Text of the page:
- Since 2007, the County has completed several engineering studies that have evaluated various long term erosion control alternatives (no action, beach nourishment, groins & breakwaters) for the Central PBC project area.
- In January 2013, the County completed a final engineering analysis to help identify the most appropriate shore protection plan for the project area. A series of 7 low-profile, shore-perpendicular groins plus a moderate beach fill (~75,000 CY) was the selected plan.
- Due to the close proximity of the Town of Palm Beach's proposed South Reach 8 project the two projects are being evaluated under one Environmental Impact Statement (EIS). The USACE requires completion of an EIS under the National Environmental Policy Act (NEPA). The EIS will further evaluate project alternatives & impacts.
- The EIS public & permitting agency scoping meetings were held in August 2013. Comments received from the meetings will help influence the final design & permitting of the project.
What is the cost of the project?
- The project as presently proposed would cost approximately $5 million to construct. This cost also includes surveys, environmental monitoring and mitigation.
- How often will the project area require maintenance?
- The project is designed to last 3 years. Therefore, placement of fill material (~75,000 CY) will be required approximately every 3 years depending on several factors including wave climate, storm impacts and the results of post-construction physical monitoring.
- What are the groins made of?
- The groins will most likely be concrete panels with concrete support piles.
- How do the groins work?
- Groins are shore perpendicular structures that disrupt a portion of the sand flowing south along the beach and deposit it on the up drift side of the structure.
- Have groins been used successfully in other locations?
- Yes, they have been extensively used throughout the world and along Palm Beach County shorelines for decades. Since groins can cause down drift impact to adjacent beaches, they must be designed to minimize impact.
- Will the structures have any impact to recreational activities?
- The goal of the project is to stabilize the beach while maintaining current recreational activities such as surfing, fishing, swimming and snorkeling.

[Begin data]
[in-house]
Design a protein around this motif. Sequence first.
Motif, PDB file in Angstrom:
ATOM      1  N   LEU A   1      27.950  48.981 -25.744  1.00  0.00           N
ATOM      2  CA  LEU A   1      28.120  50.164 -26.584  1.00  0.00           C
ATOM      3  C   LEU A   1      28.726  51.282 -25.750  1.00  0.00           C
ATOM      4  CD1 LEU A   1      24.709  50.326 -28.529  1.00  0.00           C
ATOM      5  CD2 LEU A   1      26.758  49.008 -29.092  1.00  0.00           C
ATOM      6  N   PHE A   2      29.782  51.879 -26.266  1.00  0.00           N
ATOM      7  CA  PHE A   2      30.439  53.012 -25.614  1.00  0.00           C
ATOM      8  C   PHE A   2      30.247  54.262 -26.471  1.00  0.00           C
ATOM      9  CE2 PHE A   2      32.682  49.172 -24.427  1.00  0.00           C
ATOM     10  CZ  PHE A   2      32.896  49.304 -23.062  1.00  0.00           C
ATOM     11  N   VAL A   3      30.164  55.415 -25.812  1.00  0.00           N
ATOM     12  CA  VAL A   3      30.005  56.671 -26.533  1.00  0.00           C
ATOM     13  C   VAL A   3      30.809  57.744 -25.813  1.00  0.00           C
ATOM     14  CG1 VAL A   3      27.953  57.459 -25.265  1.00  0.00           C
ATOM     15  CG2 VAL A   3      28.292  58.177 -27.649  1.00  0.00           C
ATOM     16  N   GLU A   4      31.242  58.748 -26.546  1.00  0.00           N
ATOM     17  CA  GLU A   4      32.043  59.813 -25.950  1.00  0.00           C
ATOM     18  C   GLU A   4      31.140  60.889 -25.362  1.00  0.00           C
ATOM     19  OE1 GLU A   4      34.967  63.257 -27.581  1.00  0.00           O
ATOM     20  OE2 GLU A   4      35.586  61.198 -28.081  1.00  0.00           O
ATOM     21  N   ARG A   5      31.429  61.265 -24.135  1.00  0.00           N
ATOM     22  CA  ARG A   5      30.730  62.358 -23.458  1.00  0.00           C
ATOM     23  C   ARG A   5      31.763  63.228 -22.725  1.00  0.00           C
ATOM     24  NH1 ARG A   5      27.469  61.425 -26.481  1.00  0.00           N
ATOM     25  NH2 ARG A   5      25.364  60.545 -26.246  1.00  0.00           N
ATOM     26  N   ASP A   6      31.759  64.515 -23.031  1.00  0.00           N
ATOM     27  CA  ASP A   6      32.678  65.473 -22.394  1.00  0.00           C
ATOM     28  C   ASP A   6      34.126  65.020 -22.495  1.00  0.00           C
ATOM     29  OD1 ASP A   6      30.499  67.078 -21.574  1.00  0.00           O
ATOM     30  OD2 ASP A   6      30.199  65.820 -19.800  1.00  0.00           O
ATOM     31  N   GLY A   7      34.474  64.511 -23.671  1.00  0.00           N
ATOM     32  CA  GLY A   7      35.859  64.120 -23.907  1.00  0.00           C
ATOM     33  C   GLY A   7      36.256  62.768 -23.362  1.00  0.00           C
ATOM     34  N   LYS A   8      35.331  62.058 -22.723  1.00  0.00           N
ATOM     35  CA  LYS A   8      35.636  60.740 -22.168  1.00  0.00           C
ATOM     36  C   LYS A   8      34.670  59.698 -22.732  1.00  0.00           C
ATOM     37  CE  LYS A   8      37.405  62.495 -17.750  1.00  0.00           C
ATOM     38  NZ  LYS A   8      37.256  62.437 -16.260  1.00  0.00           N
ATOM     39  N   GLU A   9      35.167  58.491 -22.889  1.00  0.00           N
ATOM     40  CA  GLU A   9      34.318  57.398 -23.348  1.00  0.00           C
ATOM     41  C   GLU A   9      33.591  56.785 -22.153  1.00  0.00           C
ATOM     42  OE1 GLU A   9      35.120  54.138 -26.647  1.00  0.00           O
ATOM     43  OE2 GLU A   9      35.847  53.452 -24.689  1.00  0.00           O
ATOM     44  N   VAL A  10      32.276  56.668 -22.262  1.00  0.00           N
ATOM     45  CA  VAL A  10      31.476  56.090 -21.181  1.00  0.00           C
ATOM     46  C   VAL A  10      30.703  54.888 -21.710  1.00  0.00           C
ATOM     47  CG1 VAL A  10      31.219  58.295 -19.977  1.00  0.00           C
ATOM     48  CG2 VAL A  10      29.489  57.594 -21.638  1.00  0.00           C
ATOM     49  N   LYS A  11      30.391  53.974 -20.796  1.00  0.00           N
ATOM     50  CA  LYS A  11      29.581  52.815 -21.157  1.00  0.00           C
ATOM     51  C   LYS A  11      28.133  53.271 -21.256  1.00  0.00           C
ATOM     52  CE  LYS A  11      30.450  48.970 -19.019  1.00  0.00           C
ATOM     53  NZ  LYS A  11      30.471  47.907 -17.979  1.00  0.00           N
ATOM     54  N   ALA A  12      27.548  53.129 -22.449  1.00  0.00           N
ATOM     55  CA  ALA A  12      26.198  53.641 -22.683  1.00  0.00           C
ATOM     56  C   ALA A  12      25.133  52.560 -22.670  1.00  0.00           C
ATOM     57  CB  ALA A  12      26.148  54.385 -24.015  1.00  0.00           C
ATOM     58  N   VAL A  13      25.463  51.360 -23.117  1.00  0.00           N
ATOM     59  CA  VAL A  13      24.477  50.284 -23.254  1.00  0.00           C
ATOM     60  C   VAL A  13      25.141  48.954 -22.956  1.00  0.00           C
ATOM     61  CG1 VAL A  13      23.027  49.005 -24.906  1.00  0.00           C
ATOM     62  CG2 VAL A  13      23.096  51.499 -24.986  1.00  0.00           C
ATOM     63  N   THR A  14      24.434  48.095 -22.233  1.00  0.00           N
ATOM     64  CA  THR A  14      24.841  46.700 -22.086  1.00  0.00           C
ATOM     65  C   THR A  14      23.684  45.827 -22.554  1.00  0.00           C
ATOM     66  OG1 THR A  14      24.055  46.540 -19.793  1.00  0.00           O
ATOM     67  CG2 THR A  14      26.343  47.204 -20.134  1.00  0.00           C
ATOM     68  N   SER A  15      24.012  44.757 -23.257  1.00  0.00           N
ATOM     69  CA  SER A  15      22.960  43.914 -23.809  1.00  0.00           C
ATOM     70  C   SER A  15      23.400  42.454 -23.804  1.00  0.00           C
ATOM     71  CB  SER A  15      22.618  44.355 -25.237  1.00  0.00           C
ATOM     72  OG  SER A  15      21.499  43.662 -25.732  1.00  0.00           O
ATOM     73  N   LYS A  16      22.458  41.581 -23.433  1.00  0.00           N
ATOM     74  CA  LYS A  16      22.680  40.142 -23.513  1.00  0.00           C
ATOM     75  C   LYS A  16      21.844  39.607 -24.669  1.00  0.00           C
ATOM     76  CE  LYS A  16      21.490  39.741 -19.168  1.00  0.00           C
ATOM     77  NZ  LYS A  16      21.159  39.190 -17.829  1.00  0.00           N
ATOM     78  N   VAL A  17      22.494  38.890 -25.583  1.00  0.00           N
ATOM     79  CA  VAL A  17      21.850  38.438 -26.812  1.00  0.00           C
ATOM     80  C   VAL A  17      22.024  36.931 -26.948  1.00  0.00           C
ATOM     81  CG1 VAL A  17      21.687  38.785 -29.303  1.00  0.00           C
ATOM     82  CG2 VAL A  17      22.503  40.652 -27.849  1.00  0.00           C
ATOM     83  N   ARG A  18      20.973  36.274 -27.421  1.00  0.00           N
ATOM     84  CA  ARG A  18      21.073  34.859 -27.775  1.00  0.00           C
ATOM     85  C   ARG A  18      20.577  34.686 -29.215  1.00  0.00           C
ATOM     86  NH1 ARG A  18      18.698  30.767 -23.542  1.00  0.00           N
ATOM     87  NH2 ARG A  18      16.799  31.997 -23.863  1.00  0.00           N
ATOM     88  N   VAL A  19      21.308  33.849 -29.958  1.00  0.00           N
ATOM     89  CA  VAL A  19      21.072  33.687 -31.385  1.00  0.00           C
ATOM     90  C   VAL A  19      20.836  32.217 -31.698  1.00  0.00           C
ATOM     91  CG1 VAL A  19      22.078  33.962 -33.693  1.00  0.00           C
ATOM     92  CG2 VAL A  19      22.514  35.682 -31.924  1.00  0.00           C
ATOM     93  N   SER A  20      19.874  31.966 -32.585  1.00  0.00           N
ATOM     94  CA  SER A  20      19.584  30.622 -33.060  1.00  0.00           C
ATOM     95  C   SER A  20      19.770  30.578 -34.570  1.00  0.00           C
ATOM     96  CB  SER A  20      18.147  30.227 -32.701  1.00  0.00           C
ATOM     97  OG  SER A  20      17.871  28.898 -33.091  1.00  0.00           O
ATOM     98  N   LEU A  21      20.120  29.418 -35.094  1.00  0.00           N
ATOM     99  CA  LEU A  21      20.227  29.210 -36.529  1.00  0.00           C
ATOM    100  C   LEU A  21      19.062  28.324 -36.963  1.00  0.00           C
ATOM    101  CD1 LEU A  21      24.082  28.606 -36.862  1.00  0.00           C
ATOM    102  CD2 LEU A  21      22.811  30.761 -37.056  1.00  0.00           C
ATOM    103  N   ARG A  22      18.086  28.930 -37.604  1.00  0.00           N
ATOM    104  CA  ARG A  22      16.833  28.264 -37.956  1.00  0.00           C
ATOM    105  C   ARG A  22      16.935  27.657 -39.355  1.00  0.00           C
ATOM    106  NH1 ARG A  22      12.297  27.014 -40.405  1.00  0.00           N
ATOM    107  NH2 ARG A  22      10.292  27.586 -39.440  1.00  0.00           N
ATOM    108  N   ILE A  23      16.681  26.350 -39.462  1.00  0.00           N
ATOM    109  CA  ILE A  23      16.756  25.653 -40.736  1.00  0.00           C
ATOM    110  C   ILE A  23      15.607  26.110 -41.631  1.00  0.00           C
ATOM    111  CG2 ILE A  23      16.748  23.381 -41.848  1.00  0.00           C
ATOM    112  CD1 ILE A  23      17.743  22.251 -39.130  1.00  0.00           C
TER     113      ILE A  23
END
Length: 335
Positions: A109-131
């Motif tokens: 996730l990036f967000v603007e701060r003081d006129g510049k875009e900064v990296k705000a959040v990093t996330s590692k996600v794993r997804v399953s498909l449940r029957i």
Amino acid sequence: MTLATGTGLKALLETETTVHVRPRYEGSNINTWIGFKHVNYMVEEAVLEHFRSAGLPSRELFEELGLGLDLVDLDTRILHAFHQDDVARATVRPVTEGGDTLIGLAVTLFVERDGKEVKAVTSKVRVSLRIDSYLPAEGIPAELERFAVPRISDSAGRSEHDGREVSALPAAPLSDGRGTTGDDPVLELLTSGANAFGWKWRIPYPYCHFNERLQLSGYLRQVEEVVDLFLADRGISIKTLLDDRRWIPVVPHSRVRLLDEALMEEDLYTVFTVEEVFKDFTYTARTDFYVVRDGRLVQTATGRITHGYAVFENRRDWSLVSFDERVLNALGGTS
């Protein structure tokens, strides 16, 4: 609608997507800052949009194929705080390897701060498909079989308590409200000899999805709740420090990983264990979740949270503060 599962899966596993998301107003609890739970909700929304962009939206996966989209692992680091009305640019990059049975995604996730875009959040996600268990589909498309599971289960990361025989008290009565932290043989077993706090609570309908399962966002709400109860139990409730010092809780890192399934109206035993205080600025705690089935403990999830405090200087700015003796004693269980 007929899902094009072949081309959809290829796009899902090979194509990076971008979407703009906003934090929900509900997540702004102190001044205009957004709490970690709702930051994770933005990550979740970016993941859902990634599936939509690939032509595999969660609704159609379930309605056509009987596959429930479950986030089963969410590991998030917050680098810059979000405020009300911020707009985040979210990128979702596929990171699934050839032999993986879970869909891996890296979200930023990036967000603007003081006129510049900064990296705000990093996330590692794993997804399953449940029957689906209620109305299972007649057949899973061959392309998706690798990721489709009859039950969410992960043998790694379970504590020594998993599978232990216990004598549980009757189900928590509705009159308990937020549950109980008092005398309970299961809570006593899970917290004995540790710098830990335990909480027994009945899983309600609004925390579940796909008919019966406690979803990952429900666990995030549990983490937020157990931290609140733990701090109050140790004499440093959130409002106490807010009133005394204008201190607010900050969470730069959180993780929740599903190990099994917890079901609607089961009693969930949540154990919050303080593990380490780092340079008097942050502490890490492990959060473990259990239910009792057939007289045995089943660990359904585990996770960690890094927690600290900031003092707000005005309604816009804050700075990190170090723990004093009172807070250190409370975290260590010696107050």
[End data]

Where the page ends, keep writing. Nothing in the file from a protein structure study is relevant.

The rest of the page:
Preserving our Beach
Preserving the beach and the property values of beachfront properties depends on our understanding the significance of coastal erosion and our willingness to participate in the Comprehensive Palm Beach Island Shoreline Stabilization Project.
Palm Beach County Environmental Resources Management (ERM) sponsors beach restoration projects throughout the County including dune restoration, beach nourishment, inlet sand transfer operations and construction of groins, breakwaters, and other erosion control structures. Funding for these projects is obtained through County, State, Federal and Local Government. County funds for beach restoration and enhancement projects are primarily obtained through taxes paid by tourists on hotel and motel rooms in the County.
Please see the following links for information related to the Shoreline Stabilization Project:
Summary of Estimated Project Costs
In Decemberr 2014 the United States Army Corps of Engineers prepared the Draft Environmental Impact Statement. Chapter 2, Project Alternatives, page 2-34 provides a table 2-3 that identified the cost of each aspect of the alternatives evaluated and as summary of cost for all alternatives studied. Based on the USACOE studies, they identified Alternate 2 for the stabilization of the shoreline and restoration of the beach in the Town of South Palm Beach. The Summary of Cost for this alternate is identified below:
Groin Construction for all seven (7) structures: $700,000
Sand placement of 75,000 cubic yards: $3,450,000
Mitigation of hard bottom: $5,865,150
Total Estimated Cost: $10,015,150
NOTE: The County has estimated cost to nourish the beach following completion of the project three years post construction and every three years thereafter as approximately $1,500,000.
For more information, contact: Town Manager, Mo Thornton at 561-588-8889, Palm Beach County Department of Environmental Resources Management at 561-233-2400, or visit their website: